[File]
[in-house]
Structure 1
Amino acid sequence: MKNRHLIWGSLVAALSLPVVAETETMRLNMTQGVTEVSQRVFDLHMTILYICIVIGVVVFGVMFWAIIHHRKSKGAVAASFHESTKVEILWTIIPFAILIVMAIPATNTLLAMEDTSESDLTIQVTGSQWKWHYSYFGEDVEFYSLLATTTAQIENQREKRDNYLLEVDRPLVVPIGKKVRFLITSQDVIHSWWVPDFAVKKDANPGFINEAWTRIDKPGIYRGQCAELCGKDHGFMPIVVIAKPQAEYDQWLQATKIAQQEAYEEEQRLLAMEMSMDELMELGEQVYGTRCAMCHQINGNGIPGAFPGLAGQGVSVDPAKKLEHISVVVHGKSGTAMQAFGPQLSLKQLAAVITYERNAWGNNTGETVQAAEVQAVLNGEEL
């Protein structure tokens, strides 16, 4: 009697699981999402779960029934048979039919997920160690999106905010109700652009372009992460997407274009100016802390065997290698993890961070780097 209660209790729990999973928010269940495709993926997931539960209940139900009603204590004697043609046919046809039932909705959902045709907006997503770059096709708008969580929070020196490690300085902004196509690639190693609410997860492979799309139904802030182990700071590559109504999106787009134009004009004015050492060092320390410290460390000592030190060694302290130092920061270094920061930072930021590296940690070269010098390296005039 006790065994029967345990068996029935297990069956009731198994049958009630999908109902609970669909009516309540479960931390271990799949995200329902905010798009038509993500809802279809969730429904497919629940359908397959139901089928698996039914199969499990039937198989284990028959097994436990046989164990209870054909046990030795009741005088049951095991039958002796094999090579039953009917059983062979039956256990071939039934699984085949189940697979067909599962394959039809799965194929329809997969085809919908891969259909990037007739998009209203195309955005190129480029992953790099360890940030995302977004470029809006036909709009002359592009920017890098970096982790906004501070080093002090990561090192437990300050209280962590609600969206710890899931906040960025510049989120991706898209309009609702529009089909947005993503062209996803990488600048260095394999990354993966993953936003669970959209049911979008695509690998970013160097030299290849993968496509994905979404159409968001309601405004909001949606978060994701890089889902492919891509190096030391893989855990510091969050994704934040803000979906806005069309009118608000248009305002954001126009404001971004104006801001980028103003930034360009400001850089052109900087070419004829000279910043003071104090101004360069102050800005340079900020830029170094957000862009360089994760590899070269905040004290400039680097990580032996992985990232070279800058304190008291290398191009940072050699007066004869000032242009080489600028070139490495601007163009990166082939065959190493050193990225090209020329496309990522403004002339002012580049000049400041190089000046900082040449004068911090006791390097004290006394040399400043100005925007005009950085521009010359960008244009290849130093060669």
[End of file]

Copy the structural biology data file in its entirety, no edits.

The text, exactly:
[in-house]
Structure 1
Amino acid sequence: MKNRHLIWGSLVAALSLPVVAETETMRLNMTQGVTEVSQRVFDLHMTILYICIVIGVVVFGVMFWAIIHHRKSKGAVAASFHESTKVEILWTIIPFAILIVMAIPATNTLLAMEDTSESDLTIQVTGSQWKWHYSYFGEDVEFYSLLATTTAQIENQREKRDNYLLEVDRPLVVPIGKKVRFLITSQDVIHSWWVPDFAVKKDANPGFINEAWTRIDKPGIYRGQCAELCGKDHGFMPIVVIAKPQAEYDQWLQATKIAQQEAYEEEQRLLAMEMSMDELMELGEQVYGTRCAMCHQINGNGIPGAFPGLAGQGVSVDPAKKLEHISVVVHGKSGTAMQAFGPQLSLKQLAAVITYERNAWGNNTGETVQAAEVQAVLNGEEL
């Protein structure tokens, strides 16, 4: 009697699981999402779960029934048979039919997920160690999106905010109700652009372009992460997407274009100016802390065997290698993890961070780097 209660209790729990999973928010269940495709993926997931539960209940139900009603204590004697043609046919046809039932909705959902045709907006997503770059096709708008969580929070020196490690300085902004196509690639190693609410997860492979799309139904802030182990700071590559109504999106787009134009004009004015050492060092320390410290460390000592030190060694302290130092920061270094920061930072930021590296940690070269010098390296005039 006790065994029967345990068996029935297990069956009731198994049958009630999908109902609970669909009516309540479960931390271990799949995200329902905010798009038509993500809802279809969730429904497919629940359908397959139901089928698996039914199969499990039937198989284990028959097994436990046989164990209870054909046990030795009741005088049951095991039958002796094999090579039953009917059983062979039956256990071939039934699984085949189940697979067909599962394959039809799965194929329809997969085809919908891969259909990037007739998009209203195309955005190129480029992953790099360890940030995302977004470029809006036909709009002359592009920017890098970096982790906004501070080093002090990561090192437990300050209280962590609600969206710890899931906040960025510049989120991706898209309009609702529009089909947005993503062209996803990488600048260095394999990354993966993953936003669970959209049911979008695509690998970013160097030299290849993968496509994905979404159409968001309601405004909001949606978060994701890089889902492919891509190096030391893989855990510091969050994704934040803000979906806005069309009118608000248009305002954001126009404001971004104006801001980028103003930034360009400001850089052109900087070419004829000279910043003071104090101004360069102050800005340079900020830029170094957000862009360089994760590899070269905040004290400039680097990580032996992985990232070279800058304190008291290398191009940072050699007066004869000032242009080489600028070139490495601007163009990166082939065959190493050193990225090209020329496309990522403004002339002012580049000049400041190089000046900082040449004068911090006791390097004290006394040399400043100005925007005009950085521009010359960008244009290849130093060669």